John O’Leary welcomes Austin Hatch to the Live Inspired Podcast to share about overcoming tragedy.
The odds of surviving a plane crash resulting in one or more fatalities is one in 3.4 million. Today’s guest survived two, the odds of which are one in more than 11 quadrillion.
In the span of eight years, Austin Hatch survived two plane crashes that claimed five people closest to him.
In 2003, eight-year-old Austin Hatch lost his mother, younger brother, and older sister in a plane crash that he survived. In 2011, just days after making his commitment to play basketball at University of Michigan, he survived a second plane crash in which he lost his dad and step-mom. The second left him with brain damage and doctors feared he’d never walk again.
And yet, Austin continued to defy odds and went on to play Division I basketball.
Today’s conversation is a poignant story of thriving through tragedy. If you could use an example of perseverance in action – this episode is for you.
Subscribe & listen on Apple Podcasts, Spotify, Stitcher, Google Play, iHeartRadio or listen here:
- “I’ve had two really bad days in my life. I can’t let those two days outshine all the other great days.”
- September 1, 2003: Austin + his father survived the crash that claimed the life of his mom Julie , little brother Ian and older sister Lindsay.
- After the accident, Austin + his father formed an even closer, inseparable bond, usually over basketball.
- June 15, 2011: After finishing his sophomore year of high school, Austin committed to playing for his family-favorite University of Michigan.
- June 24, 2011: While Austin survived the crash that claimed Austin’s father Steve and his “second mom” Kim, he was in a two-month coma with severe injuries and doctors were uncertain if he’d be able to walk again.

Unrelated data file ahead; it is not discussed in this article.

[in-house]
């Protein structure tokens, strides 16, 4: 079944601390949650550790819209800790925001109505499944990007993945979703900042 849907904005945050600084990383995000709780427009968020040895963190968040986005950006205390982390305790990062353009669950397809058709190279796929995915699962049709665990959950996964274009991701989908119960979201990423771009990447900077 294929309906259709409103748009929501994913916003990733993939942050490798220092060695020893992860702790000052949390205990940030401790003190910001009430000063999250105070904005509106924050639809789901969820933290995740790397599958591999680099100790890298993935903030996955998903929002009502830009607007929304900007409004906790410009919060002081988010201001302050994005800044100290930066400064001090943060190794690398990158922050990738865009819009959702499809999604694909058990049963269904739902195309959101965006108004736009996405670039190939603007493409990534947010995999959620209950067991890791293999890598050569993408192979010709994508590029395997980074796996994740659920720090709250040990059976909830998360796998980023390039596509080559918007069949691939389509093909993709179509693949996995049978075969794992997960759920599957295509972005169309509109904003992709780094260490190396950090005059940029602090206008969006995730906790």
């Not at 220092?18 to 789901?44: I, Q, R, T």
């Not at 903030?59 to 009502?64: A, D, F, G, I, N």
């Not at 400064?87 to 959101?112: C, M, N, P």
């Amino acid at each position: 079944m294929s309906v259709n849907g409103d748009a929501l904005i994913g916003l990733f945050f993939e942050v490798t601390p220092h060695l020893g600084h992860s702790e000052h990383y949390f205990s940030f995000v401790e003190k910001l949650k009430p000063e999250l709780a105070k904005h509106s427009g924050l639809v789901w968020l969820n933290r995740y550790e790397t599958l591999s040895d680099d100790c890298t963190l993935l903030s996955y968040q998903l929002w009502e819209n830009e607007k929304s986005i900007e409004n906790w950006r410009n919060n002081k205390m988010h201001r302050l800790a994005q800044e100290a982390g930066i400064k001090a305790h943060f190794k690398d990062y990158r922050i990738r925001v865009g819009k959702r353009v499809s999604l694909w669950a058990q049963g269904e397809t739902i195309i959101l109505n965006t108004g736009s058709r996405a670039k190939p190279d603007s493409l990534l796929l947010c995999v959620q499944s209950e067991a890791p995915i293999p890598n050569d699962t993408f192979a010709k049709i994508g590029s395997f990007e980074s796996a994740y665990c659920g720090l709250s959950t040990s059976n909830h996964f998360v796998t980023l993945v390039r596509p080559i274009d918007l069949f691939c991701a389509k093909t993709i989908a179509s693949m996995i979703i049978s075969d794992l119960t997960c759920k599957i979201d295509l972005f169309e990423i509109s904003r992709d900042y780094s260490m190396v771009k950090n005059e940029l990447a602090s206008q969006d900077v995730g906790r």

- “Dwelling on events I couldn’t change wasn’t going to help me overcome. I had to shift my mindset.”
- “I have a greater appreciation for things. I never take anything for granted.”
- According to MIT statistician Arnold Barnett, the odds of surviving a plane crash with one fatality involved is one-in-3.4 million. Surviving two is a one-in-11 quadrillion and 560 trillion.
- Unable to play, Michigan’s Head Coach John Beilein honored Austin’s scholarship and made him feel like an intergral part of the team.
- Watch the emotional video of Austin + Abby’s wedding day here.
About our sponsor: Keeley Companies wholeheartedly believes that if you get the people right -the results will follow. They set themselves apart with a forward-thinking culture that empowers their people and fosters loyal partnerships. Keeley Companies are a proud sponsor, partner, and super fan of the Live Inspired Podcast. Learn more about Keeley Companies.
My new book IN AWE is now available… and became an instant bestseller! Learn how to rediscover your childlike sense of wonder to unleash inspiration, meaning and joy. Visit ReadInAwe.com today!
AUSTIN HATCH'S LIVE INSPIRED 7
- Q. What is the best book you’ve ever read?
A. Malcolm Gladwell's The Outliers.
- Q. What is a characteristic or trait that you possessed as a child that you wish you still exhibited today?
A. Infectiously optimistic.
- Q. Your house is on fire, all living things and people are out. You have the opportunity to run in and grab one item. What would it be?
A. Pictures of my family.
- Q. You are sitting on a bench overlooking a gorgeous beach. You have the opportunity to have a long conversation with anyone living or dead. Who would it be?
A. My Dad.
- Q. What is the best advice you’ve ever received?
A. My dad said, "I believe the reason I am successful is that I'm loved by my family + friends, I'm admired by my peers and because I consistently use my God-given talents constructively to improve civilization.
- Q. What advice would you give your 20-year-old self?
A. Keep getting after it. Show up and do the work.
- Q. It’s been said that all great people can have their lives summed up in one sentence. How do you want yours to read?
A. Austin Hatch is someone who used his experiences and God-given abilities constructively to make the world a better place. He left every place and every person a little better than he found it.